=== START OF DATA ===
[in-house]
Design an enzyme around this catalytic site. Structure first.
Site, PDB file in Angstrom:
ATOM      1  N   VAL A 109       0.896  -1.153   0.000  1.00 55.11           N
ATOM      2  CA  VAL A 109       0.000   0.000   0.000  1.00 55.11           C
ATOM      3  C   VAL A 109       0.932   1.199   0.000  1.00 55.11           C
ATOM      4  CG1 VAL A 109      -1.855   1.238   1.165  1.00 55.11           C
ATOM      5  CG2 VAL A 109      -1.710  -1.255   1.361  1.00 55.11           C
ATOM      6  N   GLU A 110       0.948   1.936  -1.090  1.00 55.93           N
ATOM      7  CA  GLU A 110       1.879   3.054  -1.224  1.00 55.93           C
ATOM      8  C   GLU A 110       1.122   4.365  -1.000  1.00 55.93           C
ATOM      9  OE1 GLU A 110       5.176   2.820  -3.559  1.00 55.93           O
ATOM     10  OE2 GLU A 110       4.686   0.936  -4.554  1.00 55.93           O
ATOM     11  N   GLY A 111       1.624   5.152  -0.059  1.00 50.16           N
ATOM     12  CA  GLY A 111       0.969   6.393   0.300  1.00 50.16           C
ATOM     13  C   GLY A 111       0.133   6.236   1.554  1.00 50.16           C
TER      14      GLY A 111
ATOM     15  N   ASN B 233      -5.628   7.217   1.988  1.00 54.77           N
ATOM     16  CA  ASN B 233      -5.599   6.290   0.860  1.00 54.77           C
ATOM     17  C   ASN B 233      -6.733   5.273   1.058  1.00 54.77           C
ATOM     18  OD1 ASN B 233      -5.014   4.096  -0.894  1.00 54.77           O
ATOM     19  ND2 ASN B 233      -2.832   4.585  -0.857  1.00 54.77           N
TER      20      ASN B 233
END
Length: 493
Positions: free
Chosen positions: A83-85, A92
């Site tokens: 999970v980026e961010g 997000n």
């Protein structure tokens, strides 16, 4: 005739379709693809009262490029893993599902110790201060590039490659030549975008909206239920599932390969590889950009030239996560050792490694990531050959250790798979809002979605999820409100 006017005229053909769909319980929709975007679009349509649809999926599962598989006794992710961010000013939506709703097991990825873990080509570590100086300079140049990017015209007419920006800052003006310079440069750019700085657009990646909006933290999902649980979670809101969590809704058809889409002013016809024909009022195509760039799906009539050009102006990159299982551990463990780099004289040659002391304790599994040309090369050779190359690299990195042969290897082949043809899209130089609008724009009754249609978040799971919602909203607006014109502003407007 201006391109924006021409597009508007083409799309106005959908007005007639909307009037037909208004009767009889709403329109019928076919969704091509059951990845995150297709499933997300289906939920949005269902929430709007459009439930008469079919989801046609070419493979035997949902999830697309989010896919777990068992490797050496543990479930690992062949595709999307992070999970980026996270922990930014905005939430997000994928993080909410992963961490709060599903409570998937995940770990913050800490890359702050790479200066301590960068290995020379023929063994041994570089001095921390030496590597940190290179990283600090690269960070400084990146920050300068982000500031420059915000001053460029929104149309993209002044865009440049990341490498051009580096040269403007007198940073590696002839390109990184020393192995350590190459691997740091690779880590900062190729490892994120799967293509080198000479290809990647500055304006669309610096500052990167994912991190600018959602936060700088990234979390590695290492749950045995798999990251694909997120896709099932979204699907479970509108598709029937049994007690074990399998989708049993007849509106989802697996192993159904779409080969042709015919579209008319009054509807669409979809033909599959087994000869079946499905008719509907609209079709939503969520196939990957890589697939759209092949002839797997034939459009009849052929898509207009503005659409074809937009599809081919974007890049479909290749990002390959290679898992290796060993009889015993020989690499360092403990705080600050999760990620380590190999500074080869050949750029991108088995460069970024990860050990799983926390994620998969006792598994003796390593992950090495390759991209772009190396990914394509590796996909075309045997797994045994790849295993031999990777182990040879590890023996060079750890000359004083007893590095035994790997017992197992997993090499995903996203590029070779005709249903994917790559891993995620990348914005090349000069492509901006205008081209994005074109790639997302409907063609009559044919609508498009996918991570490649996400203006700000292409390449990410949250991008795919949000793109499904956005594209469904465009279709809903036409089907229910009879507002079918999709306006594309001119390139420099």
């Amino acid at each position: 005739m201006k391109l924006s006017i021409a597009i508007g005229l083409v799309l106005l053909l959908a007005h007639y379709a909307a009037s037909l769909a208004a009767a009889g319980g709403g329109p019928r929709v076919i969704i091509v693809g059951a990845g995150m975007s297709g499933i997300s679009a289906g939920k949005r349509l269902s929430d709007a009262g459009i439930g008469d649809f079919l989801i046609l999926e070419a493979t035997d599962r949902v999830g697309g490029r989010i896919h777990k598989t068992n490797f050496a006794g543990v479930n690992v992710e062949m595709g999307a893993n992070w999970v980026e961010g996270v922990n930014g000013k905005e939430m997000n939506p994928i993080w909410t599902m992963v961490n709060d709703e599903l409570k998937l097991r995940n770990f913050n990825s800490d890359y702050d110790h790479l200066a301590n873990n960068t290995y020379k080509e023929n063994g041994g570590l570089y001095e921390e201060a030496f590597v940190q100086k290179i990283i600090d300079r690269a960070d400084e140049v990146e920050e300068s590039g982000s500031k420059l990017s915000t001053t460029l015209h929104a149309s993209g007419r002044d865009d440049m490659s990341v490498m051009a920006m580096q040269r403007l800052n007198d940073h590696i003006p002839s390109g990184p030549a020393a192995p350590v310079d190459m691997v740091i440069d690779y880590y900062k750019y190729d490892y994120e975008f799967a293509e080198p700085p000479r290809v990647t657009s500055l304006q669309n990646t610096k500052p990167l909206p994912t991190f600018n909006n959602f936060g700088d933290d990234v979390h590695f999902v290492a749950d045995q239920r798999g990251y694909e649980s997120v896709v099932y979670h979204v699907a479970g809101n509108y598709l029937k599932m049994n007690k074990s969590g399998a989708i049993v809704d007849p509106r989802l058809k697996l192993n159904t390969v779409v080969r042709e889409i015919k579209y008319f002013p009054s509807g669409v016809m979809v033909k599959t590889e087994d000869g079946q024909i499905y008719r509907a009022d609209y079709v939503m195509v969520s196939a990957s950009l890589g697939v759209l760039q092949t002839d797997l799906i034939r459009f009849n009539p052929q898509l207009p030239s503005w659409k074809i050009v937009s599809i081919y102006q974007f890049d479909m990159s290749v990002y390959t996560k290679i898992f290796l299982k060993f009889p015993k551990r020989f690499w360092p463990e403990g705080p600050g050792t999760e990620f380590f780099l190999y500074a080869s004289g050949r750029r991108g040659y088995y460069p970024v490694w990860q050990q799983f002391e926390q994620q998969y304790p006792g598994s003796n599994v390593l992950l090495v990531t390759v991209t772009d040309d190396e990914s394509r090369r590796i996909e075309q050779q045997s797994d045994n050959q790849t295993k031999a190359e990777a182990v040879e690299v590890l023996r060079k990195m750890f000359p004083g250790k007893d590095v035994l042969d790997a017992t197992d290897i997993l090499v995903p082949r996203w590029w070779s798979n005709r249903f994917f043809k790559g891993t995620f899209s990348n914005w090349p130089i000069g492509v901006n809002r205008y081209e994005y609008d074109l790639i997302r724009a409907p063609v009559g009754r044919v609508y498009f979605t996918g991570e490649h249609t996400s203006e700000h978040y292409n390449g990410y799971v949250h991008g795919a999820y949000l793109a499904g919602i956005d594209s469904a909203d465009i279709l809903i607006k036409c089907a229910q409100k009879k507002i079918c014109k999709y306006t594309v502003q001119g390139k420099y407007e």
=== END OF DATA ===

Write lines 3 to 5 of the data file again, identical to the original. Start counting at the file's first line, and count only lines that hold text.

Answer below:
Site, PDB file in Angstrom:
ATOM      1  N   VAL A 109       0.896  -1.153   0.000  1.00 55.11           N
ATOM      2  CA  VAL A 109       0.000   0.000   0.000  1.00 55.11           C